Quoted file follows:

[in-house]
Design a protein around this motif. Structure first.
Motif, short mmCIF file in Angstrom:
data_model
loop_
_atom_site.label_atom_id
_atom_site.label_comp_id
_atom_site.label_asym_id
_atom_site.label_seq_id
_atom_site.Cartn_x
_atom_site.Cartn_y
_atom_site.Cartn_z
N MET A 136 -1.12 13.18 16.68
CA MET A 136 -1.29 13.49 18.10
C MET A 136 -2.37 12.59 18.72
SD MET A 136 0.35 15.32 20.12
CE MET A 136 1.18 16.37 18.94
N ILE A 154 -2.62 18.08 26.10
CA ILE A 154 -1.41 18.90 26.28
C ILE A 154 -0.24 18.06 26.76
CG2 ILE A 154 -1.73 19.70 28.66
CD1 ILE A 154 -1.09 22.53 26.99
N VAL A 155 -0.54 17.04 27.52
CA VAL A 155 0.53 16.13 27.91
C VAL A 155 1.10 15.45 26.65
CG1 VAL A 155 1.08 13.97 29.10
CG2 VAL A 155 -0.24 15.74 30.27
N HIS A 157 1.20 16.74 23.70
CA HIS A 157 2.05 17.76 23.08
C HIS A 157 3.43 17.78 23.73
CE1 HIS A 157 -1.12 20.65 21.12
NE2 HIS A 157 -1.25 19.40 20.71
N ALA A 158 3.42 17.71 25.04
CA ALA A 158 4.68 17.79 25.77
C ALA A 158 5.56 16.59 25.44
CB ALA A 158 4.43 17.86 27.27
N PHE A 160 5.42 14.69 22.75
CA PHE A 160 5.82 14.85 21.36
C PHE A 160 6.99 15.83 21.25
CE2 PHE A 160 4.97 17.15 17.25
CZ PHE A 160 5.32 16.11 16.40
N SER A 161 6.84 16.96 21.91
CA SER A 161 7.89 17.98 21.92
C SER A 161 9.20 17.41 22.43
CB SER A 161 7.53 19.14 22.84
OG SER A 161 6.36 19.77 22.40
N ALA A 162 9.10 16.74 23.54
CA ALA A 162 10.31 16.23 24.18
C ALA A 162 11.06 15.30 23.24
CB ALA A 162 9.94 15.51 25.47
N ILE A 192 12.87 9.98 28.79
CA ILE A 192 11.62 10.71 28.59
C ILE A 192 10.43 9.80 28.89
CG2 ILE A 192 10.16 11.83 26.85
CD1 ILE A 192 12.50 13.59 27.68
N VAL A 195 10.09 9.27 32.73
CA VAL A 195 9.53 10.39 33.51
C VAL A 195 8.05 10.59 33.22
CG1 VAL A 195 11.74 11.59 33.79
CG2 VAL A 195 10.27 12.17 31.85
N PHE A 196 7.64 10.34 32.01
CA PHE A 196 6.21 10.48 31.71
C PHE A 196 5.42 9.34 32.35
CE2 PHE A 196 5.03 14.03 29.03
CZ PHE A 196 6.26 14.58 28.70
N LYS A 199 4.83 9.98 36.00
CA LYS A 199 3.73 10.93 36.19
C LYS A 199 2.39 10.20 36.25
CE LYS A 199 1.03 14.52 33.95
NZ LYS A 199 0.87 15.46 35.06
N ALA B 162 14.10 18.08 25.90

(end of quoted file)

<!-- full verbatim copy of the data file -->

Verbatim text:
[in-house]
Design a protein around this motif. Structure first.
Motif, short mmCIF file in Angstrom:
data_model
loop_
_atom_site.label_atom_id
_atom_site.label_comp_id
_atom_site.label_asym_id
_atom_site.label_seq_id
_atom_site.Cartn_x
_atom_site.Cartn_y
_atom_site.Cartn_z
N MET A 136 -1.12 13.18 16.68
CA MET A 136 -1.29 13.49 18.10
C MET A 136 -2.37 12.59 18.72
SD MET A 136 0.35 15.32 20.12
CE MET A 136 1.18 16.37 18.94
N ILE A 154 -2.62 18.08 26.10
CA ILE A 154 -1.41 18.90 26.28
C ILE A 154 -0.24 18.06 26.76
CG2 ILE A 154 -1.73 19.70 28.66
CD1 ILE A 154 -1.09 22.53 26.99
N VAL A 155 -0.54 17.04 27.52
CA VAL A 155 0.53 16.13 27.91
C VAL A 155 1.10 15.45 26.65
CG1 VAL A 155 1.08 13.97 29.10
CG2 VAL A 155 -0.24 15.74 30.27
N HIS A 157 1.20 16.74 23.70
CA HIS A 157 2.05 17.76 23.08
C HIS A 157 3.43 17.78 23.73
CE1 HIS A 157 -1.12 20.65 21.12
NE2 HIS A 157 -1.25 19.40 20.71
N ALA A 158 3.42 17.71 25.04
CA ALA A 158 4.68 17.79 25.77
C ALA A 158 5.56 16.59 25.44
CB ALA A 158 4.43 17.86 27.27
N PHE A 160 5.42 14.69 22.75
CA PHE A 160 5.82 14.85 21.36
C PHE A 160 6.99 15.83 21.25
CE2 PHE A 160 4.97 17.15 17.25
CZ PHE A 160 5.32 16.11 16.40
N SER A 161 6.84 16.96 21.91
CA SER A 161 7.89 17.98 21.92
C SER A 161 9.20 17.41 22.43
CB SER A 161 7.53 19.14 22.84
OG SER A 161 6.36 19.77 22.40
N ALA A 162 9.10 16.74 23.54
CA ALA A 162 10.31 16.23 24.18
C ALA A 162 11.06 15.30 23.24
CB ALA A 162 9.94 15.51 25.47
N ILE A 192 12.87 9.98 28.79
CA ILE A 192 11.62 10.71 28.59
C ILE A 192 10.43 9.80 28.89
CG2 ILE A 192 10.16 11.83 26.85
CD1 ILE A 192 12.50 13.59 27.68
N VAL A 195 10.09 9.27 32.73
CA VAL A 195 9.53 10.39 33.51
C VAL A 195 8.05 10.59 33.22
CG1 VAL A 195 11.74 11.59 33.79
CG2 VAL A 195 10.27 12.17 31.85
N PHE A 196 7.64 10.34 32.01
CA PHE A 196 6.21 10.48 31.71
C PHE A 196 5.42 9.34 32.35
CE2 PHE A 196 5.03 14.03 29.03
CZ PHE A 196 6.26 14.58 28.70
N LYS A 199 4.83 9.98 36.00
CA LYS A 199 3.73 10.93 36.19
C LYS A 199 2.39 10.20 36.25
CE LYS A 199 1.03 14.52 33.95
NZ LYS A 199 0.87 15.46 35.06
N ALA B 162 14.10 18.08 25.90